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Swiss champion Adrian Lehmann dies of a heart attack

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Swiss champion Adrian Lehmann dies of a heart attack

Last year Adrian Lehmann became Swiss champion at the Zurich Marathon. He has now died at the age of 34 after a heart attack during training.

Last year Adrian Lehmann was the fastest Swiss at the Zurich Marathon.

Anthony Anex / Keystone

Adrian Lehmann finally wanted to take part in the Olympic Games this summer over the marathon distance of 42.195 km. It was his third attempt at the Summer Games; he had failed unsuccessfully in both 2016 and 2021. To fulfill his dream, he would have had to beat the limit of 2:08:10 at the Zurich Marathon on Sunday morning. That is his next big goal, he wrote on his homepage.

The Zurich Marathon seemed to him to be the right opportunity to set the limit for the games in Paris. Last year he became Swiss marathon champion in Zurich with a personal best time of 2:11:44 hours.

But just a few hours after the end of the Zurich Marathon on Sunday, the Swiss Athletics Association announced that Adrian Lehmann had died after a heart attack. Lehmann was 34 years old. He died on Saturday evening, Swiss Athletics wrote in a statement. There was great consternation on social networks afterwards.

More serious consequences than initially assumed

Lehmann suffered a heart attack last Thursday while preparing for the Zurich Marathon. It was initially announced that he had been taken to hospital in a stable condition, where he remained for medical observation. The consequences of the heart attack turned out to be more serious than initially expected, the athletics association wrote on Sunday.

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Why does a top endurance athlete suddenly suffer a heart attack after years of intensive training and many competitions?

Patrik Noack is chief physician of Swiss Athletics and chief physician of Swiss Olympic until 2022 and can look back on a quarter of a century of experience in top-class sport. At the request of Adrian Lehmann’s family, he does not want to say anything about the specific case. However, he points out the specific measures that are taken by squad athletes in the endurance area. Most associations, including Swiss Athletics, have their athletes have a resting electrocardiogram (ECG) done every two years. If abnormalities are identified here or during the annual blood samples and sports medical examinations, further investigations will be carried out.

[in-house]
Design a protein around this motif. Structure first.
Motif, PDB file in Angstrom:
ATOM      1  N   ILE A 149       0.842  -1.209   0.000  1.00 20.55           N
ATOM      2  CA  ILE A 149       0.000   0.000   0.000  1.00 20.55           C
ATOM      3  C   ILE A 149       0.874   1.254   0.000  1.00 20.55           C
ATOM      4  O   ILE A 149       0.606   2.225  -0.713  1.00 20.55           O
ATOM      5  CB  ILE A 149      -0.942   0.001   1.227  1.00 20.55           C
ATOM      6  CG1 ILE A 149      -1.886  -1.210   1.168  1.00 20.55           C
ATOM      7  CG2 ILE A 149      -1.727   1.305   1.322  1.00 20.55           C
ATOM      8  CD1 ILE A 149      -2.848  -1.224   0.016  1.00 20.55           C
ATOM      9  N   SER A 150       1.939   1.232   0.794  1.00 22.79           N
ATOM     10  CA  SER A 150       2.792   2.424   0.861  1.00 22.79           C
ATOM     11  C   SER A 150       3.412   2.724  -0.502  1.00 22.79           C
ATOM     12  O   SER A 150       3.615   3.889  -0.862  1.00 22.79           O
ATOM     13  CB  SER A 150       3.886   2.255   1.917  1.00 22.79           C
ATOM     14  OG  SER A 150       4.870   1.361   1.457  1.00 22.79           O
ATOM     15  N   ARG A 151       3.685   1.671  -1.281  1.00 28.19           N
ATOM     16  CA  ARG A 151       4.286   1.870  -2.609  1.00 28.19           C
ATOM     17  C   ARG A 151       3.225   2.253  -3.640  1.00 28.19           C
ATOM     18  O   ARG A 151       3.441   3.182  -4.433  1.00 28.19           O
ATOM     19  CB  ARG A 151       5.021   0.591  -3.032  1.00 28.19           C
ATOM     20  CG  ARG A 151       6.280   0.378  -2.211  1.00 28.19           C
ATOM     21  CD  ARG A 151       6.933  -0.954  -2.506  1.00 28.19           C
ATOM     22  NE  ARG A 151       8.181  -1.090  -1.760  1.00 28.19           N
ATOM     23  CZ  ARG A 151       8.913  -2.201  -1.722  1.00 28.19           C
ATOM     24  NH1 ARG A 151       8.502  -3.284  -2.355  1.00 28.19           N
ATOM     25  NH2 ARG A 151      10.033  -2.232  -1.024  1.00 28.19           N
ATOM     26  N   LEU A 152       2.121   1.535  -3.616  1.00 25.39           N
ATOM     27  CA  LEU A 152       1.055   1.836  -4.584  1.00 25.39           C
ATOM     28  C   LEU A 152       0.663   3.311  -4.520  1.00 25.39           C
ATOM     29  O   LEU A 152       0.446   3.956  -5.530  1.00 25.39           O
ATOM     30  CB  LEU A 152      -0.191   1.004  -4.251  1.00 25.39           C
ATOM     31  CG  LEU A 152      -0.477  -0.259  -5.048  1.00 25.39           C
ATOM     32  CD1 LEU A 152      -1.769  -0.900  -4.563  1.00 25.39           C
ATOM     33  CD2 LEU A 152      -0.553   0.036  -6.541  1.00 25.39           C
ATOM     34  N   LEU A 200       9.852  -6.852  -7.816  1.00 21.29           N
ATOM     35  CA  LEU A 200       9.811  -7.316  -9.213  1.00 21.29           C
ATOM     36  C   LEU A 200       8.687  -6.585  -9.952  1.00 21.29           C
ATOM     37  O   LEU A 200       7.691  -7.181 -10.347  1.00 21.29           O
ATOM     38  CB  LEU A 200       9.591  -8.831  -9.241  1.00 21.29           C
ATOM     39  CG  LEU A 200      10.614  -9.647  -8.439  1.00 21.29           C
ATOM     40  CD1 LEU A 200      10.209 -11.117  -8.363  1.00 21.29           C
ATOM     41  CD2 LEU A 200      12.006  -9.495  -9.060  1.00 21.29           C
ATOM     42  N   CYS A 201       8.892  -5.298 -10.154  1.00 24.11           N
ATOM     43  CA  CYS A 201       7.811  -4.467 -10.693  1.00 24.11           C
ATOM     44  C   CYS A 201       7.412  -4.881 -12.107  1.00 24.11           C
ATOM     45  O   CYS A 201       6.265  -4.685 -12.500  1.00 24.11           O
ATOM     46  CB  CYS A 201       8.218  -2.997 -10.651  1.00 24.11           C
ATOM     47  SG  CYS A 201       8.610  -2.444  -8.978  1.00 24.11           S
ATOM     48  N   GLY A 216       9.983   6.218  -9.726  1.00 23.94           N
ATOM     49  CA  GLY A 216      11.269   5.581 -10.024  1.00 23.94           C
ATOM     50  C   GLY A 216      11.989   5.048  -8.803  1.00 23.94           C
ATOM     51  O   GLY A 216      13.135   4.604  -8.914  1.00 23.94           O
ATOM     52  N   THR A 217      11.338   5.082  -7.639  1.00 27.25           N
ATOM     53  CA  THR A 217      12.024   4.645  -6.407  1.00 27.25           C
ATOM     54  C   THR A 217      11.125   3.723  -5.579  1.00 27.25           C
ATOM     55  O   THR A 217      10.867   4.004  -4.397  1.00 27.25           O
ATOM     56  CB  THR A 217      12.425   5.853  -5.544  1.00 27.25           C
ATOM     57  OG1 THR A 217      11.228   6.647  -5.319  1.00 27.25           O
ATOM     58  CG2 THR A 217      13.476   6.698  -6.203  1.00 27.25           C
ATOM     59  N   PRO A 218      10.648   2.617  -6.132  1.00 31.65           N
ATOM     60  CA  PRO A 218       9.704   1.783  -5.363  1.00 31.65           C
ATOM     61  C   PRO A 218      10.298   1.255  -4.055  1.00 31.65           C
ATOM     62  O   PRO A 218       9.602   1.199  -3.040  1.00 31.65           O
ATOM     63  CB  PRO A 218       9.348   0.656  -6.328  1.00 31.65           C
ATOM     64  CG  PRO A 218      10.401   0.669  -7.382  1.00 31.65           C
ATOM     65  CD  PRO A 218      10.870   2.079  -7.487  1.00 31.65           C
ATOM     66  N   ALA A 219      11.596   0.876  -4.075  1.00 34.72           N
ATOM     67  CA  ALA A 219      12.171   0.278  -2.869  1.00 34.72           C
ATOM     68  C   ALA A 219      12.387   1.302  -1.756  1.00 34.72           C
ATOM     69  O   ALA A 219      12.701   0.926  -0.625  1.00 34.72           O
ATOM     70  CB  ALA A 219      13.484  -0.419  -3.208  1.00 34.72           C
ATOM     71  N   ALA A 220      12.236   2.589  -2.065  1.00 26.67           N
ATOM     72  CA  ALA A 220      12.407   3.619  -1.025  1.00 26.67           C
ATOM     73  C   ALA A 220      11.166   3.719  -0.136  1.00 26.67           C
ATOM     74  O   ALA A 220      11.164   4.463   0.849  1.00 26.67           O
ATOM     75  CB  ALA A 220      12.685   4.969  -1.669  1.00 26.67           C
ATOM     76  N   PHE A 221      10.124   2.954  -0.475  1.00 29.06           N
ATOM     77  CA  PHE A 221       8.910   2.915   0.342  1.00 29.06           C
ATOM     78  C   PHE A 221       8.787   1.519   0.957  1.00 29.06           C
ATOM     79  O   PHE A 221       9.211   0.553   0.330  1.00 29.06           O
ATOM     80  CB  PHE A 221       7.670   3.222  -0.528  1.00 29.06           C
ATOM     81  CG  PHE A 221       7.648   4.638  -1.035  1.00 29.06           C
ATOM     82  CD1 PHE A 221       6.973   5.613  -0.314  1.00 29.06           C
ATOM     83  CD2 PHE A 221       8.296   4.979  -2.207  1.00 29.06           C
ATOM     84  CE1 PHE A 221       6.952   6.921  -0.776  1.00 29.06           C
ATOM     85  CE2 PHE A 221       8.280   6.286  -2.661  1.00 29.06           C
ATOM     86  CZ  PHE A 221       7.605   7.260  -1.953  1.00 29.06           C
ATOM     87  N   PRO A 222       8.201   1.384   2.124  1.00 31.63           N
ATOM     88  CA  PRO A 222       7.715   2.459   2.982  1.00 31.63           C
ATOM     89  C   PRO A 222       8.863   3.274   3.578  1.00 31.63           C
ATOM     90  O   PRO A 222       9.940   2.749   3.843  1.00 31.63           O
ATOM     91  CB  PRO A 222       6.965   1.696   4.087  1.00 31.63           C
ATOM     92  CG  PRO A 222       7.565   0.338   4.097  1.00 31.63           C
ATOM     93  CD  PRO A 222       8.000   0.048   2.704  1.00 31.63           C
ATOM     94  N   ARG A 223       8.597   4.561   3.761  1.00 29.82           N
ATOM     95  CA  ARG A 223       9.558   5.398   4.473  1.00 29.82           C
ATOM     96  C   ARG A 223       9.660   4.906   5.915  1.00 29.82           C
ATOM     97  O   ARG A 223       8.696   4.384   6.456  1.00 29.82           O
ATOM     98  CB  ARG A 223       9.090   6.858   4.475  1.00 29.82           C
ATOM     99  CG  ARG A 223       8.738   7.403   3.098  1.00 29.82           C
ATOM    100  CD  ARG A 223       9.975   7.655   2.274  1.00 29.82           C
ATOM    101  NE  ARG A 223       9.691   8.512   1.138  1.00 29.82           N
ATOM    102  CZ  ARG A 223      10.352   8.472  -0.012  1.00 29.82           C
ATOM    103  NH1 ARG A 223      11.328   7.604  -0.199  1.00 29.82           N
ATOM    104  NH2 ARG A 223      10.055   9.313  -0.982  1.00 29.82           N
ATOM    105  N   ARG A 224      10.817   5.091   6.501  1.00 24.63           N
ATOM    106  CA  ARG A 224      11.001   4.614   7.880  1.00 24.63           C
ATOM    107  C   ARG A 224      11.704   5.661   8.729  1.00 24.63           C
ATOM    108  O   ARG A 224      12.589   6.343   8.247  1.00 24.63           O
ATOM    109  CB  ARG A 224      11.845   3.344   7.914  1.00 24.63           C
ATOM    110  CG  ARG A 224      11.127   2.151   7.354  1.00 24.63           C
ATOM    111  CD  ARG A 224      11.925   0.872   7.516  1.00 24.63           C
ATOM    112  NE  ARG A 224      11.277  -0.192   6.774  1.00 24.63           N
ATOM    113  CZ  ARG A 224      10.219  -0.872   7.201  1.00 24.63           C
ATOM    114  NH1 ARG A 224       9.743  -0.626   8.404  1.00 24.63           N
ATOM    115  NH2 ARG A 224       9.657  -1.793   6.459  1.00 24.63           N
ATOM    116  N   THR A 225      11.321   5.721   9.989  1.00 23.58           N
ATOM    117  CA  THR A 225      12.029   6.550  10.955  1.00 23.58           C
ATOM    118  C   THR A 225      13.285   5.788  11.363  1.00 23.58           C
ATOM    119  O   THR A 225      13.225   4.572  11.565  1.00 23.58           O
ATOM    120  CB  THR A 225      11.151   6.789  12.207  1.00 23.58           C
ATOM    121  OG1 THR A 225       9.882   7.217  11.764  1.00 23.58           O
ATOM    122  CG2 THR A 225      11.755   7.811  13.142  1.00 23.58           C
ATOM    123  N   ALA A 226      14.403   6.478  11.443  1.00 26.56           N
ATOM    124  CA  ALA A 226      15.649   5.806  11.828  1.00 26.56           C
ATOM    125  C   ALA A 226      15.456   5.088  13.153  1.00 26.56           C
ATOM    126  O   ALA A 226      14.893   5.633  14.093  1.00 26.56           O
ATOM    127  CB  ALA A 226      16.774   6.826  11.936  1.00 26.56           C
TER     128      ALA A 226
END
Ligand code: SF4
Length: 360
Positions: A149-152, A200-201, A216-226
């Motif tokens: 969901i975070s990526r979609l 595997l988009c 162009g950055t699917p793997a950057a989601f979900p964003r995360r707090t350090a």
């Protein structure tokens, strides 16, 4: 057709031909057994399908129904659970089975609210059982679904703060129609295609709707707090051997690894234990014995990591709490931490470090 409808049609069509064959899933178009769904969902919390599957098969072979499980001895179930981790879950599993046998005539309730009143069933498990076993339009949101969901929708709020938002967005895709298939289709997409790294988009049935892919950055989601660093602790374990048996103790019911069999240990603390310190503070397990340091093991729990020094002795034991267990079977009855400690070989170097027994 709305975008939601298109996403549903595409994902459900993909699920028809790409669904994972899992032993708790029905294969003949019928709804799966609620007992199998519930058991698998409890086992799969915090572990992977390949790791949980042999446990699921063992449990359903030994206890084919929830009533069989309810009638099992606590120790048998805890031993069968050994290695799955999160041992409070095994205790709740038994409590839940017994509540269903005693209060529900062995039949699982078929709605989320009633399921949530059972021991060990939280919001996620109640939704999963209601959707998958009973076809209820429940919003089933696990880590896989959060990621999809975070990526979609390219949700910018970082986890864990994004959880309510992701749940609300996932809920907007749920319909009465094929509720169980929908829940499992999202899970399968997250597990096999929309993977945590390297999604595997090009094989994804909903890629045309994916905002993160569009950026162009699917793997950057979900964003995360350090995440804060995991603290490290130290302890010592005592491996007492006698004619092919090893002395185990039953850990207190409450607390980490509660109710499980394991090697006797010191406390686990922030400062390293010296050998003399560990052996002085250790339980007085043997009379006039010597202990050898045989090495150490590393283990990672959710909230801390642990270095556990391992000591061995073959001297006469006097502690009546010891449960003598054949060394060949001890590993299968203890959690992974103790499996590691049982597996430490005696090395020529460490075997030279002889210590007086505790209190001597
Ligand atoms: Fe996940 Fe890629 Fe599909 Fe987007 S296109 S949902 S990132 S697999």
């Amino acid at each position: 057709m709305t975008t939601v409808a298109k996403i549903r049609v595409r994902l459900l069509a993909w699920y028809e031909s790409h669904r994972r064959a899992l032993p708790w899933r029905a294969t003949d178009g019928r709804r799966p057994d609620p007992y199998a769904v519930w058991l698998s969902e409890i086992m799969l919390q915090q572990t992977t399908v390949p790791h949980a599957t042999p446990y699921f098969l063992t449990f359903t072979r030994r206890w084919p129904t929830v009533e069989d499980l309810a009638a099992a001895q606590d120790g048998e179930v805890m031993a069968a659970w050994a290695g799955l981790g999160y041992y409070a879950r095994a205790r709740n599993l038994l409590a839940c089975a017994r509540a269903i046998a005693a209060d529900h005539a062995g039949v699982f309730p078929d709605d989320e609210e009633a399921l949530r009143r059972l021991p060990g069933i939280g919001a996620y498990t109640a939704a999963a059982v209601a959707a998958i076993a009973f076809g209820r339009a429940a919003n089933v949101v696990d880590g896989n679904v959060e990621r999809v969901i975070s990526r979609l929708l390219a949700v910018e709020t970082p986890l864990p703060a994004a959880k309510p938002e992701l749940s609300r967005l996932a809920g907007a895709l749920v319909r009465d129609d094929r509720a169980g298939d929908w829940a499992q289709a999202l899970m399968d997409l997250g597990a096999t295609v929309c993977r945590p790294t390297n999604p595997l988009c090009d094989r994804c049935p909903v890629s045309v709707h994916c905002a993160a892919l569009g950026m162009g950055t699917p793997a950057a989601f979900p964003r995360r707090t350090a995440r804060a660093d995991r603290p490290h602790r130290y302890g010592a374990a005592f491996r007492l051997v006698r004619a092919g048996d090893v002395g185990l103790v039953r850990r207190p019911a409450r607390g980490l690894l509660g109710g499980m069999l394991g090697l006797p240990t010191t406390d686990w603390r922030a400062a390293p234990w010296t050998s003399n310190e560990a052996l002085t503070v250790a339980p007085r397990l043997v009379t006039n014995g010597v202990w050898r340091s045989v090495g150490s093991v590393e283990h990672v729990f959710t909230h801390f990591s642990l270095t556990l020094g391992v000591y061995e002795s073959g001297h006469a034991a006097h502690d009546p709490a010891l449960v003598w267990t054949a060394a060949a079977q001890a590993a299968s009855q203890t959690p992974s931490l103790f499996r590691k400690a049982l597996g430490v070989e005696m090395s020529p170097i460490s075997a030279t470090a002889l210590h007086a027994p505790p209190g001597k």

Football players and some other sports even undergo stress ECG and cardiac ultrasound. “However, it is not clear whether these methods bring more cases of heart disease to light,” says Noack, which is why most associations do not use them.

In general, only very few competitive athletes are diagnosed with heart problems. In his long time as a sports doctor, Noack has advised a single athlete under the age of 18 not to do sports; he can only remember three cases with older athletes. And an ultrasound examination of the heart would only have to be ordered for at most one in a hundred athletes examined.

Lehmann was one of the best marathon runners in the country

Noack speaks to Adrian Lehmann of a “brutally tragic event”. He can’t remember ever hearing of a death in high-performance endurance sports. He says: “Statistically, for every hundred thousand to a million hours of exercise, only one sudden cardiac death is recorded.” There are many possible causes, such as an infection, vascular diseases or genetic dispositions. But everything cannot be identified in advance.

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Adrian Lehmann, who died at the age of 34, was one of the strongest marathon runners in the country; only five Swiss men in history ran the 42.195 km faster than Lehmann. The runner, who lives in the Upper Engadine, has been part of the national squad for a long time and has won national championship titles over all long distances: 10 km, half marathon and marathon. One of his greatest successes was third place with the Swiss team in the marathon at the 2014 European Championships in Zurich. Two years later, he even managed to win the half marathon with the European Championship team.

Lehmann then increased the amount of training. The increased strain resulted in several stress factors, so that he was only back at a good level in 2019, after adjusting the volume and intensity of training. Most recently, Lehmann trained as a full professional, accompanied sports trips and coached endurance athletes.

The collapse of professional footballer Christian Eriksen on the occasion of the 2021 European Football Championship recently caused major international headlines in connection with heart problems among top athletes. The Dane collapsed in the game against Finland for no apparent reason. He was transported to the hospital; A few days later he had a defibrillator implanted. Eriksen’s story with a heart problem came to a good end: in 2022 he was called up again for friendly games and also took part in the World Cup in Qatar with Denmark. He is currently under contract with Manchester United.

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